Game Theory Academic Discipline

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A Game Theory Academic Discipline is an academic discipline that studies formal games among self-interested agents.



  • (Wikipedia, 2014) ⇒ Retrieved:2014-9-19.
    • Game theory is a study of strategic decision making. Specifically, it is "the study of mathematical models of conflict and cooperation between intelligent rational decision-makers". [1] An alternative term suggested "as a more descriptive name for the discipline" is interactive decision theory. [2] Game theory is mainly used in economics, political science, and psychology, as well as logic, computer science, and biology. The subject first addressed zero-sum games, such that one person's gains exactly equal net losses of the other participant or participants. Today, however, game theory applies to a wide range of behavioral relations, and has developed into an umbrella term for the logical side of decision science, including both humans and non-humans (e.g. computers, insects/animals).

      Modern game theory began with the idea regarding the existence of mixed-strategy equilibria in two-person zero-sum games and its proof by John von Neumann. Von Neumann's original proof used Brouwer fixed-point theorem on continuous mappings into compact convex sets, which became a standard method in game theory and mathematical economics. His paper was followed by the 1944 book Theory of Games and Economic Behavior, co-written with Oskar Morgenstern, which considered cooperative games of several players. The second edition of this book provided an axiomatic theory of expected utility, which allowed mathematical statisticians and economists to treat decision-making under uncertainty.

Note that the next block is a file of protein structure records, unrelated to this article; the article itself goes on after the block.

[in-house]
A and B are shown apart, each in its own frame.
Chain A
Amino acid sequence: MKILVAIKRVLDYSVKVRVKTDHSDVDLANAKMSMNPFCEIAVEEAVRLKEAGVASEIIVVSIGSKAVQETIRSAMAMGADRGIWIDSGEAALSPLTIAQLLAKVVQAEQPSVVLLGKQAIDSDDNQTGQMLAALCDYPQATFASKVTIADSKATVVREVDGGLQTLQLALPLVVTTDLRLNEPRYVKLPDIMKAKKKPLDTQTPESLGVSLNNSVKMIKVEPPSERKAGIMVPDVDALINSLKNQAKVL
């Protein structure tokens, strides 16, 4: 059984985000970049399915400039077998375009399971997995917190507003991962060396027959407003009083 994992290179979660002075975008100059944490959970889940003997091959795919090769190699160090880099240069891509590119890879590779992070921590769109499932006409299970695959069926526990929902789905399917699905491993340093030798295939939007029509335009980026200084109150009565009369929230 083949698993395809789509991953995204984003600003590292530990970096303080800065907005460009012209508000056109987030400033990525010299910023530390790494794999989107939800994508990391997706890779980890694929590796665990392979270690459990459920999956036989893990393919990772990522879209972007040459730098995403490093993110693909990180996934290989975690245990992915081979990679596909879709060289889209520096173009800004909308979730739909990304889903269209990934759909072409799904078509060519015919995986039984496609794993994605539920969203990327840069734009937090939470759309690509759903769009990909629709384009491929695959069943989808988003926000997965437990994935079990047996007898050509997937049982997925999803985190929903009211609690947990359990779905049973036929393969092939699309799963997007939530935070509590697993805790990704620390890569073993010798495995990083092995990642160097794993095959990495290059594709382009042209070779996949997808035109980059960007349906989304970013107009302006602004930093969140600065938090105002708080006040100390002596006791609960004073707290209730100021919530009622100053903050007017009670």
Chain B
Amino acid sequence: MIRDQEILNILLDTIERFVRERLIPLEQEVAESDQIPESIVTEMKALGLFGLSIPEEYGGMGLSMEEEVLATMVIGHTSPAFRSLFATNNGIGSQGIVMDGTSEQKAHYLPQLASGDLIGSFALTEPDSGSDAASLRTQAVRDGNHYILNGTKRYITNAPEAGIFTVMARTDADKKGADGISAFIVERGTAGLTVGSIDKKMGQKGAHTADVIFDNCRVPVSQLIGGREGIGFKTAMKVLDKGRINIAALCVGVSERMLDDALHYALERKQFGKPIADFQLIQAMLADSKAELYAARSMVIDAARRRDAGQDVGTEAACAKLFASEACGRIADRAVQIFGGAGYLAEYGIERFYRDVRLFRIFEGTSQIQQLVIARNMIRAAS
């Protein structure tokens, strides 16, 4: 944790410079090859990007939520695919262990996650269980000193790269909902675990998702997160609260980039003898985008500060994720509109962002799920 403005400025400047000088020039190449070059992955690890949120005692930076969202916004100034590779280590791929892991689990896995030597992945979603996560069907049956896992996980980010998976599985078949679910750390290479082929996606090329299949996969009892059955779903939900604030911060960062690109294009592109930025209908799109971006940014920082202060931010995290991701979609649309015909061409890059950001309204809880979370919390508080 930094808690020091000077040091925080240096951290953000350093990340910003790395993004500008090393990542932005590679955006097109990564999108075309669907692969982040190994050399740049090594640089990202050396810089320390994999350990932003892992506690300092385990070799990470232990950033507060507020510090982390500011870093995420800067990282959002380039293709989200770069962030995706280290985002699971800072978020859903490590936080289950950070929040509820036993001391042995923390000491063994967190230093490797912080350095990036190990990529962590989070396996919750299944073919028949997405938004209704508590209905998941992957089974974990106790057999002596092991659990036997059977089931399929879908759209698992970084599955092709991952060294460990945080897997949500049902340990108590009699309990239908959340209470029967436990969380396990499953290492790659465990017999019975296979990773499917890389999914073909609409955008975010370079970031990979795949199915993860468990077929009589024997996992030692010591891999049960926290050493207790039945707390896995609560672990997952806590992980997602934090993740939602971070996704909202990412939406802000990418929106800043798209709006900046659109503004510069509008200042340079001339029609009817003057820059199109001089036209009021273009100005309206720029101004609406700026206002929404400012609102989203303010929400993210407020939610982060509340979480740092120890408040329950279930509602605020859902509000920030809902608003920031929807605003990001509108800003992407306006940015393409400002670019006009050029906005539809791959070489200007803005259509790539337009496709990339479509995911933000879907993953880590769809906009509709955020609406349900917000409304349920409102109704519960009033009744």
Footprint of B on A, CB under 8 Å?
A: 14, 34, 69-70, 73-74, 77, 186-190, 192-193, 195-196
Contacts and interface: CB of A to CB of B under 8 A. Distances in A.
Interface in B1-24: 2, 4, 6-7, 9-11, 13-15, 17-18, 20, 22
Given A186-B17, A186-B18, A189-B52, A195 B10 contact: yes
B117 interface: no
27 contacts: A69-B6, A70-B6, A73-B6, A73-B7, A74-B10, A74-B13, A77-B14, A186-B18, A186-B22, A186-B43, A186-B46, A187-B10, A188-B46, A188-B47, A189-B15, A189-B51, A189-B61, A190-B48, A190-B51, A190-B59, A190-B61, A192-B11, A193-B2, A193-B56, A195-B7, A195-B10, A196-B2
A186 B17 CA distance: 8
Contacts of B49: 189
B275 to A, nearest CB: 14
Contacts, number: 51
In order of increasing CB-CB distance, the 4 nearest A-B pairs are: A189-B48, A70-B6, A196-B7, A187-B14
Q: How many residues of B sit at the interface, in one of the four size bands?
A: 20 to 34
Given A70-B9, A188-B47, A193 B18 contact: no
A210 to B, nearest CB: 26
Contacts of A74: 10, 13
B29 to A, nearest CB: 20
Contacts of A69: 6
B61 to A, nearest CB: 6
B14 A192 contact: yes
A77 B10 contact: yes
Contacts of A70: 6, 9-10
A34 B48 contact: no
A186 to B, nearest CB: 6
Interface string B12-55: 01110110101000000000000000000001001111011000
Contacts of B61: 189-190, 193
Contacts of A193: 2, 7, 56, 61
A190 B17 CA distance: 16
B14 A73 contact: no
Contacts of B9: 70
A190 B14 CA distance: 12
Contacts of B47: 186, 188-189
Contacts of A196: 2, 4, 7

This theory was developed extensively in the 1950s by many scholars. Game theory was later explicitly applied to biology in the 1970s, although similar developments go back at least as far as the 1930s. Game theory has been widely recognized as an important tool in many fields. Ten game-theorists have won the Nobel Memorial Prize in Economic Sciences and John Maynard Smith was awarded the Crafoord Prize for his application of game theory to biology.

  1. Roger B. Myerson (1991). Game Theory: Analysis of Conflict, Harvard University Press, p. 1. Chapter-preview links, pp. vii–xi.
  2. R. J. Aumann ([1987] 2008). “game theory," Introduction, The New Palgrave Dictionary of Economics, 2nd Edition. Abstract.



  • Tamer Basar, Geert Jan Olsder, G. J. Clsder, T. Basar, T. Baser, and Geert Jan Olsder. (1995). “Dynamic noncooperative game theory." Academic press.